A new threat has developed in Venezuela, a country with a friendly history towards the U.S. Venezuela for many years has been a dependable supplier of energy to the U.S. and thus of strategic importance. Chavez was elected by a majority of voters in a democratic election in Venezuela. Upon being elected, Chavez has followed a voluntary alliance with Cuba. He has bailed out Cuba from its petroleum shortage and signed an unusual agreement based on an exchange of oil for medical and political advice.

Chavez has renamed the country "Republica Bolivariana de Venezuela". The significance of the name change is that Bolivar had visions of a united South American Country under one Bolivarian Republic. Chavez seems to be publicly declaring his intentions.

Chavez has pushed through a new constitution that gives him more power and seems intended in making Venezuela a socialist state. He has met several times with Castro and acts as a Cuban satellite in the continent. Castro is offering intelligence and military support to Chavez who is in the process of creating Castro-type militias and security apparatus.

Chinese President Jiang Zemin recently visited Caracas. It is known that President Chavez is considering the purchase of conventional weapons to rearm his country and built a parallel army alongside the regular Armed Forces, which he does not trust. What is China doing in Venezuela? Will they enter into a long-range alliance with Chavez similar to the one they have developed with Cuba? What is the strategic impact to the U.S. of these alliances? Would China use Cuba and Venezuela as bargaining chips in its relations with the U.S?

In Venezuela the intimidation of newspapers and television reporters has begun with the goal to eliminate freedom of expression. The indoctrination of children into communist ideology and the political subversion of the students of the Central University of Caracas have also begun. Chavez strategy is following the successful blueprint of Castro's takeover in Cuba.

According to pro-democracy Venezuelans, who are resenting the "involvement and invasion of Chinese and Cuban communists in their internal affairs", workers are being replaced "with Chinese and Cuban agents to the detriment of their national security"

Chavez is rather young and has the financial resources behind him to be a real threat to the energy supply and stability of the U.S. and the struggling democracies in Latin America. Chavez has already harbored and supplied Colombian guerillas.


The leftist, Castro inspired Colombian guerrillas known as the FARC, already control a Switzerland-sized area in the southern region of Colombia. For 37 years the FARC have been waging a deadly war against the constitutional government of Colombia. They now are gaining new ground with the support of Cuba and now Venezuela.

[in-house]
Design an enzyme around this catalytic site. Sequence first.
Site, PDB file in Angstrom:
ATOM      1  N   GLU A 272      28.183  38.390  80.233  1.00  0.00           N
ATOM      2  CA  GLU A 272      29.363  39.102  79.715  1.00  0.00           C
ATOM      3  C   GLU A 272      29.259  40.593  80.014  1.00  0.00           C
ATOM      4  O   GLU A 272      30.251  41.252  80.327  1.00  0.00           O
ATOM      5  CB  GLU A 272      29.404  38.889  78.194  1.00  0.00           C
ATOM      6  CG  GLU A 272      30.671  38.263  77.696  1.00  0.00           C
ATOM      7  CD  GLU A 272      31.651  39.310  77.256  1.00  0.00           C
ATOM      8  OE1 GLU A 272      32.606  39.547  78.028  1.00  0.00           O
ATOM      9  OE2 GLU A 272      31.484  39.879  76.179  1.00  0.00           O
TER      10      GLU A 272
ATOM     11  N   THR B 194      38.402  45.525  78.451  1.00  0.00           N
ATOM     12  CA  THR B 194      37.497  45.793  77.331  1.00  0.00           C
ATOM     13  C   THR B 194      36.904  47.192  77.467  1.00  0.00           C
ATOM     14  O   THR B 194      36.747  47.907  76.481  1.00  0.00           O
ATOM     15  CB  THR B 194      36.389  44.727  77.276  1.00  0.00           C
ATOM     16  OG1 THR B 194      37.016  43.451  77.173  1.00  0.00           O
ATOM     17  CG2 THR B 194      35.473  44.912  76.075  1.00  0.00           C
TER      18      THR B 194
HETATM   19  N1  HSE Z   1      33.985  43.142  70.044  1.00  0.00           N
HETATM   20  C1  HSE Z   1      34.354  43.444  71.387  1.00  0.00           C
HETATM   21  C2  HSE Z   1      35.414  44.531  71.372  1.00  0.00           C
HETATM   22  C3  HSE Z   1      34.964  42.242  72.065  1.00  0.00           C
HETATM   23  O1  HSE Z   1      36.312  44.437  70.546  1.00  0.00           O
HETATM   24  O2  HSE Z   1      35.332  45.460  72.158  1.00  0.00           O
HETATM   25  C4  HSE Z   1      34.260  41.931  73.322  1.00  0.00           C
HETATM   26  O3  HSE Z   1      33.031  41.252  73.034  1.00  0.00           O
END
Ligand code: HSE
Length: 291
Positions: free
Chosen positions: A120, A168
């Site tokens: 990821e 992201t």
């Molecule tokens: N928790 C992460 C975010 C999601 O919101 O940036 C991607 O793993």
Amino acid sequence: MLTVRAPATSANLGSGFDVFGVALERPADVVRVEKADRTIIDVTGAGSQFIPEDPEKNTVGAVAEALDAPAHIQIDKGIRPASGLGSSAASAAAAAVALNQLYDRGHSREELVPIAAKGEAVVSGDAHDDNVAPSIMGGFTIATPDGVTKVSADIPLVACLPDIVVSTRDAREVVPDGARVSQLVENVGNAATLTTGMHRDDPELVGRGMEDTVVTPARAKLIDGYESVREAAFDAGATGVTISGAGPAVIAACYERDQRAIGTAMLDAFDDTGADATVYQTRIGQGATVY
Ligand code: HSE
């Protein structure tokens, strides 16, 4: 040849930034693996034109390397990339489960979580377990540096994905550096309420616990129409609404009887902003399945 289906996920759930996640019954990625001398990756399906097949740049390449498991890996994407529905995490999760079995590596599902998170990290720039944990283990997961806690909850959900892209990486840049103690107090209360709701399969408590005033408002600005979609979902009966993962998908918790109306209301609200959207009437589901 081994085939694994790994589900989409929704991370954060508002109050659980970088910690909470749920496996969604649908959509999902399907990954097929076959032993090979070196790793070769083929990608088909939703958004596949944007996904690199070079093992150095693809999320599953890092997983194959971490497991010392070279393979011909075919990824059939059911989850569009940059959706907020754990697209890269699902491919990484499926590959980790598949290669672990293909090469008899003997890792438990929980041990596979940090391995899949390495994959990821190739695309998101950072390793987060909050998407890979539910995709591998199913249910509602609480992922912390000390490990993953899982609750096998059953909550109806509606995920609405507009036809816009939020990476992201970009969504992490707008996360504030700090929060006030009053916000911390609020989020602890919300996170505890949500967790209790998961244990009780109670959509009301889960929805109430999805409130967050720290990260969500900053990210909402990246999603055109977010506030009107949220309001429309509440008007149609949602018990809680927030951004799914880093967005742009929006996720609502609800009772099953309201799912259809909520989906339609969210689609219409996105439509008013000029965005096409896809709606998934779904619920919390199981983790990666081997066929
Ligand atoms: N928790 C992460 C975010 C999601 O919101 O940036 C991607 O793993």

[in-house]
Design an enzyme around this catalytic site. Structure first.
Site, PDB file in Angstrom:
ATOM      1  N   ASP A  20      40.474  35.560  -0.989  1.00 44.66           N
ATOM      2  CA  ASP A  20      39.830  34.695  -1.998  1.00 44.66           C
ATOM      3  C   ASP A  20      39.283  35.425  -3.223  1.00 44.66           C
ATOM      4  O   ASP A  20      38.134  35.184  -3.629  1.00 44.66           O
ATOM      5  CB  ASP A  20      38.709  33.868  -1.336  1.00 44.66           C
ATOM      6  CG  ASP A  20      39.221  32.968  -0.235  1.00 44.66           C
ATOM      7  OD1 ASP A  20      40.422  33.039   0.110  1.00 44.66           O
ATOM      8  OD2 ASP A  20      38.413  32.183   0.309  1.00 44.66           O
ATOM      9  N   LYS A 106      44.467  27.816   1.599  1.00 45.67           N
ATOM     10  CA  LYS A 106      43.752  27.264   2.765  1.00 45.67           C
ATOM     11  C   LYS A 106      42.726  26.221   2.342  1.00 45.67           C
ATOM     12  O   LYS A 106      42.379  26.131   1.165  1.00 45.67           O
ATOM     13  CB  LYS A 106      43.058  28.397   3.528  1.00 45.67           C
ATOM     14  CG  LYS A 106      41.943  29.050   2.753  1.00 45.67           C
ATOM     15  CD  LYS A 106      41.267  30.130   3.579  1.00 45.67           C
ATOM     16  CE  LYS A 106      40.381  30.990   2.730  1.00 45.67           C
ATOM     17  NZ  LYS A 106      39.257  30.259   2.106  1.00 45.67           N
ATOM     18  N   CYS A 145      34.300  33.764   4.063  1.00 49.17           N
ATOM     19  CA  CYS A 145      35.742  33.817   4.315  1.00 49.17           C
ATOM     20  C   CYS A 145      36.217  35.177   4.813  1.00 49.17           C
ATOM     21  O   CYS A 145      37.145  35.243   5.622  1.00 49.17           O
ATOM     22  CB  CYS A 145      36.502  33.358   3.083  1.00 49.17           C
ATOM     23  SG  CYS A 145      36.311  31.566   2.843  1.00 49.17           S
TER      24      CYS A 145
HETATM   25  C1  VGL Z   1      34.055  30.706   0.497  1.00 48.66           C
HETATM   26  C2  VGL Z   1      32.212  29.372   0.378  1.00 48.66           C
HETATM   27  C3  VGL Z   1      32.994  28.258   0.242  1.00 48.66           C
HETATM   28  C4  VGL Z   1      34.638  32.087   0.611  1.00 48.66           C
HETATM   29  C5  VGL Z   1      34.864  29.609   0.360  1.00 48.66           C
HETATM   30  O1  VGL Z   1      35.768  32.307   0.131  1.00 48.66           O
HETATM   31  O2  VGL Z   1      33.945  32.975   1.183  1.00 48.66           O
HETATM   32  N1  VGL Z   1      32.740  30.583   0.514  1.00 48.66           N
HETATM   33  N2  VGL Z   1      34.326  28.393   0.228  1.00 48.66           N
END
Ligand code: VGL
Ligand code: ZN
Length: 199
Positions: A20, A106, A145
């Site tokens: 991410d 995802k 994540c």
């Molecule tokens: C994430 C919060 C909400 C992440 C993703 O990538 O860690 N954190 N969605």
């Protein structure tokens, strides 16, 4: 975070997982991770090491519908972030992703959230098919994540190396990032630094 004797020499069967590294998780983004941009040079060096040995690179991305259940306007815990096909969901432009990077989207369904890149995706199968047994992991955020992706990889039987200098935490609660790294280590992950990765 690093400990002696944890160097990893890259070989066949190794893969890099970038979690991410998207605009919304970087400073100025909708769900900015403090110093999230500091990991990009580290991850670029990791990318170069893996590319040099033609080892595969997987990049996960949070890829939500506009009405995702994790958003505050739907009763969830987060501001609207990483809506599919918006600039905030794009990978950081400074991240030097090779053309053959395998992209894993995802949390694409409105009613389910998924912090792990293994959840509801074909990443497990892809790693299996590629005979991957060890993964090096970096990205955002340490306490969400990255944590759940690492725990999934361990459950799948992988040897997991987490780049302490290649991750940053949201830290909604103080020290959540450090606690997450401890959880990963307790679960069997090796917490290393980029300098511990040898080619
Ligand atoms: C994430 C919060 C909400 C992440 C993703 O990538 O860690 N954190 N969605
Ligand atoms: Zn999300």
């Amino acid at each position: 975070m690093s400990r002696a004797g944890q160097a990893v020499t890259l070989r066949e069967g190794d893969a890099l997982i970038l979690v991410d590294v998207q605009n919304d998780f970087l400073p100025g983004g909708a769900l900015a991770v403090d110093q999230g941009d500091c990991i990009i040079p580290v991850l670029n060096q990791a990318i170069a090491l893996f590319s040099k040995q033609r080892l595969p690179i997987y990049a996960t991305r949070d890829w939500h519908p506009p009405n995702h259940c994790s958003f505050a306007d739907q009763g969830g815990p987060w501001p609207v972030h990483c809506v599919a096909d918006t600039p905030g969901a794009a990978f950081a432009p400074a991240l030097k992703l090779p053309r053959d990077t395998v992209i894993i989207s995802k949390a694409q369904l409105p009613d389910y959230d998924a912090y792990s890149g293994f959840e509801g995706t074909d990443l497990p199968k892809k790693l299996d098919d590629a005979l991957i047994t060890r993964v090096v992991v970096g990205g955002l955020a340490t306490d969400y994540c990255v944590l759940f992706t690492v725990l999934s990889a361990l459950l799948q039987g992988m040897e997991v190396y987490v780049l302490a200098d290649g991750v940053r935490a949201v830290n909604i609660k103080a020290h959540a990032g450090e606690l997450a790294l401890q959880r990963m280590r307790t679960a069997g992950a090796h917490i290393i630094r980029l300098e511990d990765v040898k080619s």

Human Rights Watch, a U.S.-based monitoring group, recently issued a 20 page letter containing a detailed critique of rebel abuses including kidnappings, child recruiting, harsh treatment of war prisoners, assassinations, the use of indiscriminate missiles against the population, and drug trafficking. Colombia is now the most dangerous place to practice journalism. The Paris-based World Association of Newspapers said that there has been eight journalists killed in Colombia this year in what appears to be retributive attacks.

The FARC has publicly vowed to prevent even "a drop of petroleum" from being pumped out of the Occidental Petroleum Cano Limon oil field in eastern Arauca state with renewed sabotage of their pipelines. Government-run Ecopetrol operates the Cano Limon Pipeline, which takes oil from the Occidental-run oil fields to ports in the Caribbean coast. The pipeline has been bombed 109 times this year essentially shutting down oil production. The rebels are effectively reducing the supply of oil and protecting the production and distribution of drugs.

The U.S. is already involved in this war. The U.S. Congress approved a $1.3 billion Colombian aid package last year to provide training for three Colombian Army counter-narcotics battalions including 33 UH1H helicopters and specialized weapons systems. The problem is that neither the FARC nor the Colombian military is seen as strong enough to defeat the other. FARC is well funded, financing its operations by protecting and trafficking in drugs and with the renewed support of Chavez and Castro.

While the U.S. gets involved in far away conflicts, it is overlooking a potential explosive situation and a threat to its national security right in our own backyard. If we remain passive we will repeat the mistakes of the past and Venezuela could become another Cuba and Colombia another Vietnam.


Cuba has one of the most sophisticated biotech capabilities in the Western Hemisphere. Newt Gingrich wrote in March of 1998: "I am very concerned about recent reports indicating that Castro's secretive network of sophisticated biological and genetic research laboratories are being used by the military and Interior Ministry to develop biological weapons".

Bio-weapons can be used as strategic weapons of mass destruction. They are incredible powerful and dangerous. Their delivery systems are simple and hard to detect. That is why our policy towards Iraq has been one of containment and insisting on onsite verifications. A 1998 CIA publication notes that biological weapons have an advantage over nuclear weapons in that there are no reliable detection devices currently available nor are there recognizable signals of the human senses.